Petronius’ high position soon made him the object of envy for those around him. Having attracted the jealousy of Tigellinus, the commander
of the emperor’s guard, he was accused of treason. He was arrested at Cumae in 66 AD but did not wait for a sentence. Instead he chose to
take his own life. Tacitus again records his elegant suicide in the sixteenth book of the Annals:
Yet he did not fling away life with precipitate haste, but having made an incision in his veins and then, according to his humour, bound
them up, he again opened them, while he conversed with his friends, not in a serious strain or on topics that might win for him the glory
of courage. And he listened to them as they repeated, not thoughts on the immortality of the soul or on the theories of philosophers, but
light poetry and playful verses. To some of his slaves he gave liberal presents, a flogging to others. He dined, indulged himself in sleep,
that death, though forced on him, might have a natural appearance. Even in his will he did not, as did many in their last moments, flatter
Nero or Tigellinus or any other of the men in power. On the contrary, he described fully the prince's shameful excesses, with the names of
his male and female companions and their novelties in debauchery, and sent the account under seal to Nero. Then he broke his signet-ring,
that it might not be subsequently available for imperiling others.
In fiction -
Petronius, usually assumed to be the author of the Satyricon, appears or is referenced in several works of fiction:
Henryk Sienkiewicz's novel Quo Vadis and its adaptations (but see below for the film), where C. Petronius is the preferred courtier of
Nero, using his wit to adulate and mock him at the same time. He is horrified at Nero's burning of Rome, and eventually commits suicide to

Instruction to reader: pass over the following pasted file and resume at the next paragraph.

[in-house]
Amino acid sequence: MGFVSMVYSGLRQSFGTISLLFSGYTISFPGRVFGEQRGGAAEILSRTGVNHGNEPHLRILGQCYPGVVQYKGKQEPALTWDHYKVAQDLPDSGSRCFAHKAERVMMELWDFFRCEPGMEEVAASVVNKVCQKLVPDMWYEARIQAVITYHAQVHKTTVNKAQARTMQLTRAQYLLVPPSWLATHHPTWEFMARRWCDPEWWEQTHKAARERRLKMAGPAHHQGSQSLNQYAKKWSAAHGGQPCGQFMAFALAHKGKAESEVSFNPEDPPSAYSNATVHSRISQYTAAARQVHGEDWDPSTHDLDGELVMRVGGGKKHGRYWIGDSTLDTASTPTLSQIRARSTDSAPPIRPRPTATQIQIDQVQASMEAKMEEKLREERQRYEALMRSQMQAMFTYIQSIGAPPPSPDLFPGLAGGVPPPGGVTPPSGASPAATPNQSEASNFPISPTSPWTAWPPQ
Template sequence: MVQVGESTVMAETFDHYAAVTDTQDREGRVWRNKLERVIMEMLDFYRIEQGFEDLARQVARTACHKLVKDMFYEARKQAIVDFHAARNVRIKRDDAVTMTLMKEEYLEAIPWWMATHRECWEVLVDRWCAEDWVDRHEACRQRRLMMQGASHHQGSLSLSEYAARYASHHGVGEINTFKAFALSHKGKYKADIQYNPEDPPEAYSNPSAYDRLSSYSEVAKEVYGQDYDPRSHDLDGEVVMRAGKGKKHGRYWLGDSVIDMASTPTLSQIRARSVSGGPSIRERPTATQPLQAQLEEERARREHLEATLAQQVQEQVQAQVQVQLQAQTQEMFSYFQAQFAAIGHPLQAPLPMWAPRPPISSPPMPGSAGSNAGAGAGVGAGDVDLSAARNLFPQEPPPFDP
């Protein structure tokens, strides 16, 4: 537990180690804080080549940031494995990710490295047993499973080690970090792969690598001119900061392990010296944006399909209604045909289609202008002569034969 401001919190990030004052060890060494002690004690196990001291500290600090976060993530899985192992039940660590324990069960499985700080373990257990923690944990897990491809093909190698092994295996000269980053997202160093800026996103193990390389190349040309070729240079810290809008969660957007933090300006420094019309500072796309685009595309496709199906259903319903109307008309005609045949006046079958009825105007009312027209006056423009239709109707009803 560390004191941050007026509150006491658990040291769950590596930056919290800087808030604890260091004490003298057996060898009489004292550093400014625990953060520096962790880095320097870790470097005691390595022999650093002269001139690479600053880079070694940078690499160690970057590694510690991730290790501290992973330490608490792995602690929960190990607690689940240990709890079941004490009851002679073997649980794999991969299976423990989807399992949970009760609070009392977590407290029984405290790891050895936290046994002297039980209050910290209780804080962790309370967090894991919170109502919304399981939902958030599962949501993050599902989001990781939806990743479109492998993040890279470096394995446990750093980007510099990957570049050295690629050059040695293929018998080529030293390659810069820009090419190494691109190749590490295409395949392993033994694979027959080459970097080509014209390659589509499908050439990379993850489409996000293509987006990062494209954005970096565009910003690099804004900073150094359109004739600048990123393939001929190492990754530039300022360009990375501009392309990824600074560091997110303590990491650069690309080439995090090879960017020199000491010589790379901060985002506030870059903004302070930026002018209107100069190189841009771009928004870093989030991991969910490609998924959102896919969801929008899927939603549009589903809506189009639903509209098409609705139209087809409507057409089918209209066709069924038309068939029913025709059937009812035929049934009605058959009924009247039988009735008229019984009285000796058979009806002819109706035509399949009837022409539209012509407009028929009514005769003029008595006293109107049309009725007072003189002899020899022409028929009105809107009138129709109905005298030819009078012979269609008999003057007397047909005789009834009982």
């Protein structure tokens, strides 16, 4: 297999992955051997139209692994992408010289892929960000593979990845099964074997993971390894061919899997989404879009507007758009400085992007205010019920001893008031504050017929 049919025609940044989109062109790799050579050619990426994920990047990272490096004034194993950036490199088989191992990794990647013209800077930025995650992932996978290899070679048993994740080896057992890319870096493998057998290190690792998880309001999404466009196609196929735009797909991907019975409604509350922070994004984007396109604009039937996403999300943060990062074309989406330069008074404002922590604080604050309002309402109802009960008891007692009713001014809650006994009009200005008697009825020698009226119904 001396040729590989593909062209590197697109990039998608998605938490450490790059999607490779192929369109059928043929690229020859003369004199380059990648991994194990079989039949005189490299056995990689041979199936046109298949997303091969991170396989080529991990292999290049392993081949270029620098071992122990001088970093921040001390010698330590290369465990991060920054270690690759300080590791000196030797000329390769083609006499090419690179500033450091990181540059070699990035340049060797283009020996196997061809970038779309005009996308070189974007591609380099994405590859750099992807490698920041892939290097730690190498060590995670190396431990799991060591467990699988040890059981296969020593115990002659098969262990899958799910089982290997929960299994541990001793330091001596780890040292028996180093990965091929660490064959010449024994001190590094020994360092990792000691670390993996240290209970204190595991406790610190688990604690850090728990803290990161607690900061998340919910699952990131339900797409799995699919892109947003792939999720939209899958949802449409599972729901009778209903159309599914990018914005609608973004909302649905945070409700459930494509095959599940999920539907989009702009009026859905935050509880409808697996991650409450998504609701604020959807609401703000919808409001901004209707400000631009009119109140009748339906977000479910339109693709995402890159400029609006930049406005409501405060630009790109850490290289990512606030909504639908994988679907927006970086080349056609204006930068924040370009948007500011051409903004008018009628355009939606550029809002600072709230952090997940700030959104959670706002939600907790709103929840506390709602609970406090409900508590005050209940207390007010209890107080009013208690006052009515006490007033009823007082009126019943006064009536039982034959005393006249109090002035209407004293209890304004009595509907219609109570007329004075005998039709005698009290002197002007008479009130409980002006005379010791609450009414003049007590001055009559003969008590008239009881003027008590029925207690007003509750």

escape both Nero's antics and his anticipated execution.
Mika Waltari's novel The Roman.
in Robert A. Heinlein's novel The Door into Summer, in which the protagonist's cat is named "Petronius the Arbiter".
in Jesse Browner's novel The Uncertain Hour, which recounts Petronius' final banquet and suicide (as told by Tacitus, Annals 16 ).
in Anthony Burgess's novel The Kingdom of the Wicked, Gaius Petronius appears as a major character, an advisor to Nero.
In the 1951 film of Quo Vadis, Petronius is portrayed by Leo Genn, for which he was nominated for an Academy Award for Best Supporting
In the 2001 film of Quo Vadis, Petronius is portrayed by Boguslaw Linda. It was the first Polish adaptation of Sienkiewicz's novel.
In the 1835 short story "A Tale of Roman Life" by Alexander Pushkin, Petronius' final days in Cumae are chronicled.
George Orwell in "Bookshop Memories" (1936): "Modern books for children are rather horrible things, especially when you see them in the
mass. Personally I would sooner give a child a copy of Petrenius Arbiter than PETER PAN, but even Barrie seems manly and wholesome compared
with some of his later imitators."
In recent times, a popular quote (reportedly by Charlton Ogburn, 1957) on reorganization is often (but spuriously) attributed to a
Gaius Petronius. In one version, it reads:
"We trained hard ... but it seemed that every time we were beginning to form up into teams we would be reorganized. I was to learn later in
life that we tend to meet any new situation by reorganizing; and a wonderful method it can be for creating the illusion of progress while
producing confusion, inefficiency, and demoralization."